This sweet red braised pork I believe is originally a Chinese dish that made its way into southeast asian cooking. It is a very delicious dish that even some people cannot understand why it is not served at Chinese restaurants. There are many variations of cooking red cooked pork. The recipe I provide below is how the Hmong people have adapted this dish into making their own as they use a few different ingredients. You can expect to see this dish served at Hmong rituals and gatherings.
Preparation: Overnight Marinate. Cooking: 2 hours Slow cooking
This Hmong stir fry cellophane noodles though may look peculiar to some, is no doubt delicious and can quite honestly be addictive. This stir fry noodle is often served at hmong feasts and other gatherings of friends and family. The best part about this dish is that it’s quite simple and quick to make.
Preparation: 15 minutes Cooking: 15 minutes
I once had this amazingly tasty sausage lettuce wrap at Champa Garden in Oakland. You can purchase lao sausage or hmong sausage at any southeast asian or hmong local stores in the frozen aisle. You can also purchase Vietnamese dipping sauce which is usually sold in a clear container in the vegetable chill aisle. If not, you can also make hmong sausage from scratch by doing a quick search on our website. Dipping sauce recipe below.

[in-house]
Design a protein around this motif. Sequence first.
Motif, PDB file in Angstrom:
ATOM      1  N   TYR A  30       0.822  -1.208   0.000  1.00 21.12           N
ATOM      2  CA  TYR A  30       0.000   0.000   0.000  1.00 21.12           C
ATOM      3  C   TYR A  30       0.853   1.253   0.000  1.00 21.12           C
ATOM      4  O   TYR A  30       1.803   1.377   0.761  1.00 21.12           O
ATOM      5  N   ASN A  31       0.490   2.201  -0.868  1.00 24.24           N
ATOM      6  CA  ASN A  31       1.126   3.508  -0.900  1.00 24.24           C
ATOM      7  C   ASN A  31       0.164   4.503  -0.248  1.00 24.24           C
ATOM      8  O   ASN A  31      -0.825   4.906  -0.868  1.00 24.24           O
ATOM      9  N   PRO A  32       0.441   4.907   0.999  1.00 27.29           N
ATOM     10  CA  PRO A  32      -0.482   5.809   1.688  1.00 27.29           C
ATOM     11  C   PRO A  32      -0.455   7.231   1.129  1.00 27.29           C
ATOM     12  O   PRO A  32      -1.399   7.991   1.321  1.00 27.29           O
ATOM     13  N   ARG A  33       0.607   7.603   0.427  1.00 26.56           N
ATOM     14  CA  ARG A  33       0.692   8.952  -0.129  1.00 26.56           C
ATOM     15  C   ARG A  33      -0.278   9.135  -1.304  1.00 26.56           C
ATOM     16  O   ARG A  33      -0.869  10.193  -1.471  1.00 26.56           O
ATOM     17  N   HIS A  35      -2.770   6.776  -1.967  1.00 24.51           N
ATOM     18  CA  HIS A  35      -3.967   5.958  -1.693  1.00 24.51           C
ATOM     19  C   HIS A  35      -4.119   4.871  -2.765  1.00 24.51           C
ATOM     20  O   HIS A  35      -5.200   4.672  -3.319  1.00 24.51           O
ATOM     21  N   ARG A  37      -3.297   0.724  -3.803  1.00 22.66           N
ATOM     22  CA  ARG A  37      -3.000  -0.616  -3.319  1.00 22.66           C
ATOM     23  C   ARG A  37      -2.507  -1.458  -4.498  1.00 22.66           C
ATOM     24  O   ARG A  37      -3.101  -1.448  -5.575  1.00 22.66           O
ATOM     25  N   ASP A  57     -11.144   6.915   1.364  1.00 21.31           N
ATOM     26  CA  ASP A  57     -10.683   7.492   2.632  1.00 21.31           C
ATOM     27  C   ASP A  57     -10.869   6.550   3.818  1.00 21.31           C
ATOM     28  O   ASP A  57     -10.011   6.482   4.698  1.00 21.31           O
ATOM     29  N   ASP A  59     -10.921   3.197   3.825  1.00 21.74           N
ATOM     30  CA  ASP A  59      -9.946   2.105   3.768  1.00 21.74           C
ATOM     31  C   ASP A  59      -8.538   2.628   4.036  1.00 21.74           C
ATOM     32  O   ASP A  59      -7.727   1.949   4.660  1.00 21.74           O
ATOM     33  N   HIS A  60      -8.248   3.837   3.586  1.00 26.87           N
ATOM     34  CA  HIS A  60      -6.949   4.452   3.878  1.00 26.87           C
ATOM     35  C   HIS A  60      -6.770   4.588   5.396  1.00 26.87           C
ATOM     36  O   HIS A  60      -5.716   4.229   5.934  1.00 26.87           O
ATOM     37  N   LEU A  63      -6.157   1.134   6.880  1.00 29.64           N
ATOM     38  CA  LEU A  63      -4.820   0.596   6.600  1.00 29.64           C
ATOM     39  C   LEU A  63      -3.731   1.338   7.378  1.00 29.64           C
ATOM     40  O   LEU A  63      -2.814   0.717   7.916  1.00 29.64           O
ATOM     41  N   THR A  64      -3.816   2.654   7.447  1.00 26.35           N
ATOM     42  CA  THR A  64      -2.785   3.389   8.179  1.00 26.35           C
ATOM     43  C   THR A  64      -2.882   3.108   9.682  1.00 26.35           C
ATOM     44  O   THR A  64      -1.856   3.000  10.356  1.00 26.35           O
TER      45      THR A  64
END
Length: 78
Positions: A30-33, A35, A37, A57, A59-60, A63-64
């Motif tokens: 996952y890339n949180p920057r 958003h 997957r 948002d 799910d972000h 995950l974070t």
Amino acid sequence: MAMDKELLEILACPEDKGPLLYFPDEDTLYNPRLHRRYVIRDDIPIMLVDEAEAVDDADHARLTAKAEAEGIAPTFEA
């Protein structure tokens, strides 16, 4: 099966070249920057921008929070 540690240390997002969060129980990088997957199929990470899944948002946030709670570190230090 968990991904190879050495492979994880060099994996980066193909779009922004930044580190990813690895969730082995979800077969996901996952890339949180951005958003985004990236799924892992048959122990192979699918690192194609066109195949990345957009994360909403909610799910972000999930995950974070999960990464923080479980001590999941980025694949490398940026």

Preparation: 15 min Cooking: 15 min
A common and simple way of having dinner in a hmong family is having very succulent tasty pork with a wonderful spicy pepper dipping sauce and steamed white rice. Experience Hmong food at its simplest. Enjoy. (warning: very spicy pepper so only dip meat lightly on pepper sauce!)
Hmong sausage is usually always made with pork. However in my family, we also enjoy chicken sausage (my mother’s clever idea). This simpler and healthier version of hmong sausage is just as mouthwatering as any hmong or southeast asian sausages you will ever experience. No doubt that you’ll also enjoy it as much as my family does. Serve with steamed steamed rice, sticky rice and your favorite chili sambal too!
As many Hmong parents garden they often plant and grow many tomatoes and green beans so it’s not a surprise if you find this fruit and vegetable together in a stir fry. Many hmong families love tomatoes as it makes the meat more succulant and tangy. This is a common yet delicious quick stir fry that is simple for those who don’t have much time to cook.
Preparation: 10 minutes Cooking: 15 minutes